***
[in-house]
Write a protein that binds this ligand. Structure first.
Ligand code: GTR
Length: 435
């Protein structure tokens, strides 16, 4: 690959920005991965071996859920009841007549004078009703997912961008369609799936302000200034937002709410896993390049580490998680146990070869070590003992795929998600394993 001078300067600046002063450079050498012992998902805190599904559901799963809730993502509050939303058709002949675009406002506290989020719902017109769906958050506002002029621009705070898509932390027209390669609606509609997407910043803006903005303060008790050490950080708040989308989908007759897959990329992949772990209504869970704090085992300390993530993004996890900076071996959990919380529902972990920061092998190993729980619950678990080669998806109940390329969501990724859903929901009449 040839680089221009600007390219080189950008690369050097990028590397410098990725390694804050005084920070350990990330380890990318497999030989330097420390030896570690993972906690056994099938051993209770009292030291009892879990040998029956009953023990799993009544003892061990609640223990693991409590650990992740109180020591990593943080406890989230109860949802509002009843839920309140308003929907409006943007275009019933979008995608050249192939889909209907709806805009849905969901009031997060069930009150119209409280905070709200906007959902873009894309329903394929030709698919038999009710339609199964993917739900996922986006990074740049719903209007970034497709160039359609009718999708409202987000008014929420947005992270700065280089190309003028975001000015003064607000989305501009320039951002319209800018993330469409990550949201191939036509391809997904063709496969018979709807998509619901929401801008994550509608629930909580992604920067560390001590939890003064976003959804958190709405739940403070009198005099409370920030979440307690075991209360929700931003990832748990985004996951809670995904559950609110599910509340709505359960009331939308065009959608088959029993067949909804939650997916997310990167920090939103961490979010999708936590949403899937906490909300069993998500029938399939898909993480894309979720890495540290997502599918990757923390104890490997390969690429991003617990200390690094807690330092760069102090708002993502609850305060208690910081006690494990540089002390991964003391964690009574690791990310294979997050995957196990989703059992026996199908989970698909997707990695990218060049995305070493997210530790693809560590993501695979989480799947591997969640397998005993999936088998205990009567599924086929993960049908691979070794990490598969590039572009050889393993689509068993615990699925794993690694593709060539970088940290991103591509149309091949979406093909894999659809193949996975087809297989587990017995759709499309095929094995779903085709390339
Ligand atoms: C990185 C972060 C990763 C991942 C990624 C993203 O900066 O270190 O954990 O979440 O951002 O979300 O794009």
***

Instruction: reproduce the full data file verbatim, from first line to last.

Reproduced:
[in-house]
Write a protein that binds this ligand. Structure first.
Ligand code: GTR
Length: 435
């Protein structure tokens, strides 16, 4: 690959920005991965071996859920009841007549004078009703997912961008369609799936302000200034937002709410896993390049580490998680146990070869070590003992795929998600394993 001078300067600046002063450079050498012992998902805190599904559901799963809730993502509050939303058709002949675009406002506290989020719902017109769906958050506002002029621009705070898509932390027209390669609606509609997407910043803006903005303060008790050490950080708040989308989908007759897959990329992949772990209504869970704090085992300390993530993004996890900076071996959990919380529902972990920061092998190993729980619950678990080669998806109940390329969501990724859903929901009449 040839680089221009600007390219080189950008690369050097990028590397410098990725390694804050005084920070350990990330380890990318497999030989330097420390030896570690993972906690056994099938051993209770009292030291009892879990040998029956009953023990799993009544003892061990609640223990693991409590650990992740109180020591990593943080406890989230109860949802509002009843839920309140308003929907409006943007275009019933979008995608050249192939889909209907709806805009849905969901009031997060069930009150119209409280905070709200906007959902873009894309329903394929030709698919038999009710339609199964993917739900996922986006990074740049719903209007970034497709160039359609009718999708409202987000008014929420947005992270700065280089190309003028975001000015003064607000989305501009320039951002319209800018993330469409990550949201191939036509391809997904063709496969018979709807998509619901929401801008994550509608629930909580992604920067560390001590939890003064976003959804958190709405739940403070009198005099409370920030979440307690075991209360929700931003990832748990985004996951809670995904559950609110599910509340709505359960009331939308065009959608088959029993067949909804939650997916997310990167920090939103961490979010999708936590949403899937906490909300069993998500029938399939898909993480894309979720890495540290997502599918990757923390104890490997390969690429991003617990200390690094807690330092760069102090708002993502609850305060208690910081006690494990540089002390991964003391964690009574690791990310294979997050995957196990989703059992026996199908989970698909997707990695990218060049995305070493997210530790693809560590993501695979989480799947591997969640397998005993999936088998205990009567599924086929993960049908691979070794990490598969590039572009050889393993689509068993615990699925794993690694593709060539970088940290991103591509149309091949979406093909894999659809193949996975087809297989587990017995759709499309095929094995779903085709390339
Ligand atoms: C990185 C972060 C990763 C991942 C990624 C993203 O900066 O270190 O954990 O979440 O951002 O979300 O794009």